Our Waldorf Homeschooling Calendar

Several of you have asked on Instagram, whether I could write some more details about our waldorf routines. I already shared some thoughts about Emmi Pikler and she really has a great influence on how we see children and our relationship with them. But all in all we have many other influences like Maria Montessori and Jean Liedloff. And one big influence that mostly shapes our days and routines and also the atmosphere we live in is by Rudolf Steiner, the founder of the Waldorf pedagogy in Germany.


Me and my 3 years younger brother actually visited a normal school and thus didn’t experience the waldorf pedagogy  personally. But if I could have chosen, I would have wanted to visit a waldorf kindergarten and school. Kindergarten and school times are periods of my life I would rather forget and that are constant memories of cold, envy, pressure and loneliness.

I have watched my 4 younger siblings visit the waldorf kindergarten/school and always admired the magical and warm atmosphere in there. There is no pressure and a lot of freedom to develop and still (or maybe just because of that) they grow into independent, joyful, confident and curious beings, who learned how to learn and who found their place in this world.

With Rhythms we feel save, supported and alive. We move with rhythms as we dance through the seasons with all other beings like plants and animals, who adapt to the eternal repetition of nature. We use pranayam exercises to heal and to gain back energy during yoga sessions with the rhythm of our breathing. Our body  follows a biorhythm in food intake, digestion, hormonal cycles and activation levels.

The waldorf pedagogy has shown how precious these rhythms and repetitions are for small children.  The natural rhythm is given by the shift of the seasons and weeks and thus the daily routine just adapts with certain activities.

Since we still live at home with J, we chose to integrate these rhythms into our daily life. We always have a nature table that we create together with our little one, by collecting nature goods and crafting. We choose seasonal colors to decorate this table with silk clothes and kind, friendly things. We always integrate candles to give it the power of an altar. We don’t believe in god as in christian religion, rather than a universal energy that we welcome with nature’s givings.



Since J was 18 months old, we created a weekly calendar based on what we know about the waldorf routines. These calendars are freely created and differ from kindergarten to kindergarten. But there are some characteristics that repeat everywhere. The anthroposophic pedagogy assumes that very young children have no imagination of yesterday and tomorrow, but live in the very day.  How mindfully spoken! Thus children need something special and magical in every single day to be able to recognise it. This is easily reached with daily food and activity routines.

I really like the image of Wednesday as potato day or Thursday as soup day.  But we weren’t yet able to accomplish that in our daily life but are constantly trying.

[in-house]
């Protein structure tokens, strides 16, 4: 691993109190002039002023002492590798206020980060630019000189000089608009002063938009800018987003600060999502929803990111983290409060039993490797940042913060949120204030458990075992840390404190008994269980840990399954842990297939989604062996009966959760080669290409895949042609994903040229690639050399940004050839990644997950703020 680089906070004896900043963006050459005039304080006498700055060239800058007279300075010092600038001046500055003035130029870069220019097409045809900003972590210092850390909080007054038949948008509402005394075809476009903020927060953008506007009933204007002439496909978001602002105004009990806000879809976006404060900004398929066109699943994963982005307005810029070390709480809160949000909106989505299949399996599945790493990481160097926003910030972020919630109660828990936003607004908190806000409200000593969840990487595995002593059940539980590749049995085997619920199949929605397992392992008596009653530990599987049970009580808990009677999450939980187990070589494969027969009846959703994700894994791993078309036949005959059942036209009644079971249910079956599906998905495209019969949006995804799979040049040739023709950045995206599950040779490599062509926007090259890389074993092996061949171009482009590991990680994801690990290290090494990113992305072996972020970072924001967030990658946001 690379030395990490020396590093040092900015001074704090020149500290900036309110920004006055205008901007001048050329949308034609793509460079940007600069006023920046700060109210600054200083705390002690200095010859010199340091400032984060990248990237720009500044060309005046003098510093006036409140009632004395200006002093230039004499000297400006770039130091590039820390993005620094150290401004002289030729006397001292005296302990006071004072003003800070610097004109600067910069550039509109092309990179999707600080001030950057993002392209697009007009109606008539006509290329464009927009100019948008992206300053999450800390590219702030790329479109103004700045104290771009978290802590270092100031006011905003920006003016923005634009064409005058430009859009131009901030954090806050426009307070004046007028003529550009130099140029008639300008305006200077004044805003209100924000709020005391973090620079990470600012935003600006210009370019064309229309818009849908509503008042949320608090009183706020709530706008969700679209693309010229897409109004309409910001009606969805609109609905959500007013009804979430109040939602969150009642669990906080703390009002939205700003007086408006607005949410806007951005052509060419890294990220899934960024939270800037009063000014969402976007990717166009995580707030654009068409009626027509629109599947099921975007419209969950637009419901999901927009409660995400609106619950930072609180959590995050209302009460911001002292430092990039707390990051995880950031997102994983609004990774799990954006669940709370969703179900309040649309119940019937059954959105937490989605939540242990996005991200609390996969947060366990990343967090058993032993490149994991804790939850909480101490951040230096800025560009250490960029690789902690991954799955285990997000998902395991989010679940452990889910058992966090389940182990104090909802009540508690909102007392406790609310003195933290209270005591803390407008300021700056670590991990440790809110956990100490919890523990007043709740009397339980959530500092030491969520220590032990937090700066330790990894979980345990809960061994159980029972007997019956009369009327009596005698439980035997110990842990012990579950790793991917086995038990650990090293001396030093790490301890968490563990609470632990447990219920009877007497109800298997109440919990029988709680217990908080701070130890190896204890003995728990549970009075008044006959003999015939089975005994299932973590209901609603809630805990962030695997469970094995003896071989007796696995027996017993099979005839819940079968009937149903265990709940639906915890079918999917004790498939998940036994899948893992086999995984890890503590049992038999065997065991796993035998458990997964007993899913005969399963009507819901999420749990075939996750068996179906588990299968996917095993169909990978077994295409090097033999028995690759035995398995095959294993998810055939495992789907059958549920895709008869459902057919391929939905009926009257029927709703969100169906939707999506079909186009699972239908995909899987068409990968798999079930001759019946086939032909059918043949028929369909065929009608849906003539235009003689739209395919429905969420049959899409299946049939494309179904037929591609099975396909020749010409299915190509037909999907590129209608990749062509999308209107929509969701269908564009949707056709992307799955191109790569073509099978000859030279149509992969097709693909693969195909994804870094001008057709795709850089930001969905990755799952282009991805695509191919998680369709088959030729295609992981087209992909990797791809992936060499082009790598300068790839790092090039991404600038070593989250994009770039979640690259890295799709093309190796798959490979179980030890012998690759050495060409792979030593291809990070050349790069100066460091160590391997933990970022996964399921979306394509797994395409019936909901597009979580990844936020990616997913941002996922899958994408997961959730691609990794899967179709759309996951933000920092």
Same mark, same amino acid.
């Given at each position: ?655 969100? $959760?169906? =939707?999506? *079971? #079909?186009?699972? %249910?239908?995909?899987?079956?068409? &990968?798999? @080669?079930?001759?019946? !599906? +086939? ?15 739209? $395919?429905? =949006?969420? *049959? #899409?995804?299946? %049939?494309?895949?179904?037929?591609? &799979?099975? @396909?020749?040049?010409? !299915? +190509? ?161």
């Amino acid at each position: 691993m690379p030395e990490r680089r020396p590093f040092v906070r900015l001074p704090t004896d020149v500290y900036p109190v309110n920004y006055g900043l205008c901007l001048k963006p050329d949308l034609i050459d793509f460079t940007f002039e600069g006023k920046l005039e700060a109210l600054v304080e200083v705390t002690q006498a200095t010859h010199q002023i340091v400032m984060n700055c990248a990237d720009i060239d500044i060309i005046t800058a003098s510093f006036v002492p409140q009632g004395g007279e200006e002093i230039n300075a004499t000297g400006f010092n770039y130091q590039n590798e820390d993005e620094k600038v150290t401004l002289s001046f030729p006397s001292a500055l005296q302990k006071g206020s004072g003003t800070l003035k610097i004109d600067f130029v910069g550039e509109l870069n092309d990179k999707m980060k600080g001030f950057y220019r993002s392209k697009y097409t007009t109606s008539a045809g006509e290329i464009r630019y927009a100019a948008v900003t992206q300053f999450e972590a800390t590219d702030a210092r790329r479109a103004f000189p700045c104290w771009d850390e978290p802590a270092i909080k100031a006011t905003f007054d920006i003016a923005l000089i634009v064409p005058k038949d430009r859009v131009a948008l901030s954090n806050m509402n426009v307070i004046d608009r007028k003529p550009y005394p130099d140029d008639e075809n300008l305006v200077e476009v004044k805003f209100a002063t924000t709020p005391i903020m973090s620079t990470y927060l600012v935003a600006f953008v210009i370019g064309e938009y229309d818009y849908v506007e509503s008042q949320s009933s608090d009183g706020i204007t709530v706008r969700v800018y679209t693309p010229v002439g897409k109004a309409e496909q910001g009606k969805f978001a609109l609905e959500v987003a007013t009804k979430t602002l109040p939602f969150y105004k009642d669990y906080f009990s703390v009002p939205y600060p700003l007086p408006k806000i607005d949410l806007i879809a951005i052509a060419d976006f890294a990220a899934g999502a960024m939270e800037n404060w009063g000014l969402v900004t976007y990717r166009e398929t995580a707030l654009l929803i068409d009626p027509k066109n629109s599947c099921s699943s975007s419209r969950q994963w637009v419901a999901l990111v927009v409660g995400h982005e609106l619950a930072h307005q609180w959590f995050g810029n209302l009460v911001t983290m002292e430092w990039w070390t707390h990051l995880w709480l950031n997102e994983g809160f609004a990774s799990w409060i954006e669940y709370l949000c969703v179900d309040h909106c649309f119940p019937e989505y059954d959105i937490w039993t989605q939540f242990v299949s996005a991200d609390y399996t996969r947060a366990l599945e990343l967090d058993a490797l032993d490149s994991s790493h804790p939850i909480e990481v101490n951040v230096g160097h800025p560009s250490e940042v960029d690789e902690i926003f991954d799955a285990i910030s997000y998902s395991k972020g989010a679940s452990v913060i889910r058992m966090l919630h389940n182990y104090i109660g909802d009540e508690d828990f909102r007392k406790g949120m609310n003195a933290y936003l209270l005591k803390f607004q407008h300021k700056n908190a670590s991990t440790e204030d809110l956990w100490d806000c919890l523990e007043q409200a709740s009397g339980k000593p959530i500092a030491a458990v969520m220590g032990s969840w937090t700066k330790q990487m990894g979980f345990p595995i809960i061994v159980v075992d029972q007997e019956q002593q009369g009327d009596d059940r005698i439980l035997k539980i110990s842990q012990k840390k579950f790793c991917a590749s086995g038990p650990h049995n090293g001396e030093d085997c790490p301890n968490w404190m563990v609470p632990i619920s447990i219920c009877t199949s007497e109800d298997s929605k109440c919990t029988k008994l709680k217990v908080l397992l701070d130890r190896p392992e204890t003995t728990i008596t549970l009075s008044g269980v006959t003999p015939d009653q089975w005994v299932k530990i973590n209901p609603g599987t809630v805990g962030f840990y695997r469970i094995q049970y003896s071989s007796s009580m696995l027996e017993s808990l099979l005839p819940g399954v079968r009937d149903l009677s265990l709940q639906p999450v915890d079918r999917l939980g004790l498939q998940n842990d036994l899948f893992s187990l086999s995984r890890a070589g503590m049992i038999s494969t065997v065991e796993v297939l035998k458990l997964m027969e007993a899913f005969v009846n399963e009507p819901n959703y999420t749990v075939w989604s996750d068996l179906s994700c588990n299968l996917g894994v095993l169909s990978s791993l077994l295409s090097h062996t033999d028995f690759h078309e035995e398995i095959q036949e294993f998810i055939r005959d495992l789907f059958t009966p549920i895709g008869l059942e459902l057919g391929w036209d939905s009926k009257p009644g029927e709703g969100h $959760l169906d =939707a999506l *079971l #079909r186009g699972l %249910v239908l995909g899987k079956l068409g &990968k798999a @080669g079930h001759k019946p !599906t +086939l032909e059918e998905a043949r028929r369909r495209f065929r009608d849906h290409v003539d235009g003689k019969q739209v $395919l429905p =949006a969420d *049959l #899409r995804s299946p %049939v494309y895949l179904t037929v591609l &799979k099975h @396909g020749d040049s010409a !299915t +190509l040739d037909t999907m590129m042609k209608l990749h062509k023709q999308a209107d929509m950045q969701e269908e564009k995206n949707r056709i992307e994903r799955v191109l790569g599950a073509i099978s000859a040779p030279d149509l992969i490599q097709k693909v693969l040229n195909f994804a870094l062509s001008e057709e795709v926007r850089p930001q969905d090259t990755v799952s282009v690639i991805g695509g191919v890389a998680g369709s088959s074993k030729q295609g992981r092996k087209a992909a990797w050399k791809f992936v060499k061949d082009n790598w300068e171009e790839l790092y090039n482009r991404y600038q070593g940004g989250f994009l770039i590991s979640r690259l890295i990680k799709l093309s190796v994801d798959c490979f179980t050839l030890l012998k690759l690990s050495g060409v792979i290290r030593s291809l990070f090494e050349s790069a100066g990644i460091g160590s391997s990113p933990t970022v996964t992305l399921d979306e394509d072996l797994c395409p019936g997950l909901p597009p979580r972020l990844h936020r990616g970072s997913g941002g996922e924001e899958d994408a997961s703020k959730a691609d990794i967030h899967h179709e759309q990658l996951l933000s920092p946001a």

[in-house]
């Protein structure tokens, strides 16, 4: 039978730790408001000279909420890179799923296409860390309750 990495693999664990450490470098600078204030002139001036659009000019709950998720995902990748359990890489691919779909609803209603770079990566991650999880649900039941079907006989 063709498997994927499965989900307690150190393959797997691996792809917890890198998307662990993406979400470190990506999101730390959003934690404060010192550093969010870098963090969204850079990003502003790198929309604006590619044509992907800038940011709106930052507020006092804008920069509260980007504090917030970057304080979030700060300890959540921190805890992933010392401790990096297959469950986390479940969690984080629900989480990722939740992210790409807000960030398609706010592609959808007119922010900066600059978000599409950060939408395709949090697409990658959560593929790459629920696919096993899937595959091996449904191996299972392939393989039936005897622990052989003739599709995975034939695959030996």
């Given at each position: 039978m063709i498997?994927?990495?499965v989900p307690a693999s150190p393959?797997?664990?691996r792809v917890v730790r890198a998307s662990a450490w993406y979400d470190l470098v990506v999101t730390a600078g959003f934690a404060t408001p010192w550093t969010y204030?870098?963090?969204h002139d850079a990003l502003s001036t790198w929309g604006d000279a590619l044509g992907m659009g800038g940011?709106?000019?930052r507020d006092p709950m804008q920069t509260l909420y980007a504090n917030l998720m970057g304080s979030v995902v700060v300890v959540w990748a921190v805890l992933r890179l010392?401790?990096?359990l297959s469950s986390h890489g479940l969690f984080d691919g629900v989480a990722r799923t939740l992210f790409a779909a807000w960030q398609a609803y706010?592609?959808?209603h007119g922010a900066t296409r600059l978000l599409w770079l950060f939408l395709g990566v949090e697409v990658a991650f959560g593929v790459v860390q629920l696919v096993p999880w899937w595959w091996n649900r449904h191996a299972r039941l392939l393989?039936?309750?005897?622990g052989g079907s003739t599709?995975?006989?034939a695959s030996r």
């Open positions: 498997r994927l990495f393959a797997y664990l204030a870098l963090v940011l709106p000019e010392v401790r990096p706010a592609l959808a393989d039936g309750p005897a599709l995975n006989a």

We rather have a fixed routine for every day, which I want to outline shortly. Of course the calendar changes a bit through the seasons, but that makes it even livelier.

Our Waldorf Homeschooling Calendar

Monday: Sweet day

This is where we bake cake, prepare raw truffles, energy balls or hot vegan chocolate. It is a wonderful welcome to start the week satisfied and joyfully.

Tuesday: Crafting and Coloring

Here we prepare treasures for our nature altar, craft christmas stars or just use brushs and colors on Aquarell paper.

Wednesday: Stocking day

The middle of the week is my favourite day.  Here we prepare Ghee, broths, wild herbal salt or ferment sauerkraut. There are endless possibilities. Sometimes we just fill up our refrigerator with self cooked beans, quinoa or veggie patties to use for the rest of the week in salads or sides. J loves everything that goes on in our kitchen. He has a foot stool since he was 12 months old to reach everything on the counter.

Thursday:  Magical Stories 

This day we visit the children’s library or just stay at home to build us a palace of our books on the sofa that we read while drinking tea and eating cookies.

Friday: Cleaning day

The flat is brought into a glittering and gleaming castle… no that is actually not what it looks like.  Before the weekend we like to do the laundry, vacuum (J helps with his broom) or change the sheets. In waldorf tradition Friday is the day to prepare the weekend and to slow down. And since we have visitors nearly every week, this is how we spend that day.

Saturday and Sunday 

Of course we are not a kindergarten and thus we also enjoy the weekend together. We always have one slow, unplanned day. And as you might know if you followed me for a while, we also have our weekly nature trip. This is where we stand up very early to fill our backpack with egg sandwiches and hot tea and drive to an unplanned nature spot. We always explore something new and this is the perfect day to regain all energy after a long week. 


Don’t get caught by your calendar!

This might sound like it were the best thing to vanish in an uncountable number of dates and routines, but this is definitely not what it means. To develop freely children absolutely need a mixture of routines and free play. This free play is a core quality of the waldorf pedagogy and can of course also be found in many other modern pedagogies.I have already written some lines about that the other day when I told you about our Pikler Play Time and I will soon write some more about that. Try to have your days mixed and always “plan” some free time for all of you, where you can enjoy mindful minutes with each other.


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